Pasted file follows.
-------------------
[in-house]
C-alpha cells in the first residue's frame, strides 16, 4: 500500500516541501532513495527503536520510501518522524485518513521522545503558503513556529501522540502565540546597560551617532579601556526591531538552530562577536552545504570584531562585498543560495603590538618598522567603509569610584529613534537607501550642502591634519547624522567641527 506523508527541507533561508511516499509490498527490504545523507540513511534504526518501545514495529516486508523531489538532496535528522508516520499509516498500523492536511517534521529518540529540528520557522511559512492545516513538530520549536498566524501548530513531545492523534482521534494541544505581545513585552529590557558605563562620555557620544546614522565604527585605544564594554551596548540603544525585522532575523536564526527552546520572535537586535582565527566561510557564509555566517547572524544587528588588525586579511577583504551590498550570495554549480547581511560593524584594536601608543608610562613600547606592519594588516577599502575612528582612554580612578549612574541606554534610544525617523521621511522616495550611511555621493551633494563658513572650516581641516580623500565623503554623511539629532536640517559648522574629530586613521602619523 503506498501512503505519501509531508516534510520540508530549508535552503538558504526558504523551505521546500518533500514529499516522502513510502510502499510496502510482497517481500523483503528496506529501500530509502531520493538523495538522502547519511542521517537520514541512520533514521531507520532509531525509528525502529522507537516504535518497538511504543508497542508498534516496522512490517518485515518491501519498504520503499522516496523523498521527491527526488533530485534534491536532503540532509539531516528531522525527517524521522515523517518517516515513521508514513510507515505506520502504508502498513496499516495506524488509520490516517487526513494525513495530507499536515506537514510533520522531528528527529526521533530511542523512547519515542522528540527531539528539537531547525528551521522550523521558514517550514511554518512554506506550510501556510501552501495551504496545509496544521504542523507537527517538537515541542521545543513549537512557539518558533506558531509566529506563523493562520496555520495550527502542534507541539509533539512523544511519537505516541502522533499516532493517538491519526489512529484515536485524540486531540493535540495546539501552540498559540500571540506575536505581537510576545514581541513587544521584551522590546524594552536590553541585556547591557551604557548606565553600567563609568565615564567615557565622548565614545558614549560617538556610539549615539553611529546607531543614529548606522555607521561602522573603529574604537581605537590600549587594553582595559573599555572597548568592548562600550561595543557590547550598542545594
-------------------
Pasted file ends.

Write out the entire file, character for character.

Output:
[in-house]
C-alpha cells in the first residue's frame, strides 16, 4: 500500500516541501532513495527503536520510501518522524485518513521522545503558503513556529501522540502565540546597560551617532579601556526591531538552530562577536552545504570584531562585498543560495603590538618598522567603509569610584529613534537607501550642502591634519547624522567641527 506523508527541507533561508511516499509490498527490504545523507540513511534504526518501545514495529516486508523531489538532496535528522508516520499509516498500523492536511517534521529518540529540528520557522511559512492545516513538530520549536498566524501548530513531545492523534482521534494541544505581545513585552529590557558605563562620555557620544546614522565604527585605544564594554551596548540603544525585522532575523536564526527552546520572535537586535582565527566561510557564509555566517547572524544587528588588525586579511577583504551590498550570495554549480547581511560593524584594536601608543608610562613600547606592519594588516577599502575612528582612554580612578549612574541606554534610544525617523521621511522616495550611511555621493551633494563658513572650516581641516580623500565623503554623511539629532536640517559648522574629530586613521602619523 503506498501512503505519501509531508516534510520540508530549508535552503538558504526558504523551505521546500518533500514529499516522502513510502510502499510496502510482497517481500523483503528496506529501500530509502531520493538523495538522502547519511542521517537520514541512520533514521531507520532509531525509528525502529522507537516504535518497538511504543508497542508498534516496522512490517518485515518491501519498504520503499522516496523523498521527491527526488533530485534534491536532503540532509539531516528531522525527517524521522515523517518517516515513521508514513510507515505506520502504508502498513496499516495506524488509520490516517487526513494525513495530507499536515506537514510533520522531528528527529526521533530511542523512547519515542522528540527531539528539537531547525528551521522550523521558514517550514511554518512554506506550510501556510501552501495551504496545509496544521504542523507537527517538537515541542521545543513549537512557539518558533506558531509566529506563523493562520496555520495550527502542534507541539509533539512523544511519537505516541502522533499516532493517538491519526489512529484515536485524540486531540493535540495546539501552540498559540500571540506575536505581537510576545514581541513587544521584551522590546524594552536590553541585556547591557551604557548606565553600567563609568565615564567615557565622548565614545558614549560617538556610539549615539553611529546607531543614529548606522555607521561602522573603529574604537581605537590600549587594553582595559573599555572597548568592548562600550561595543557590547550598542545594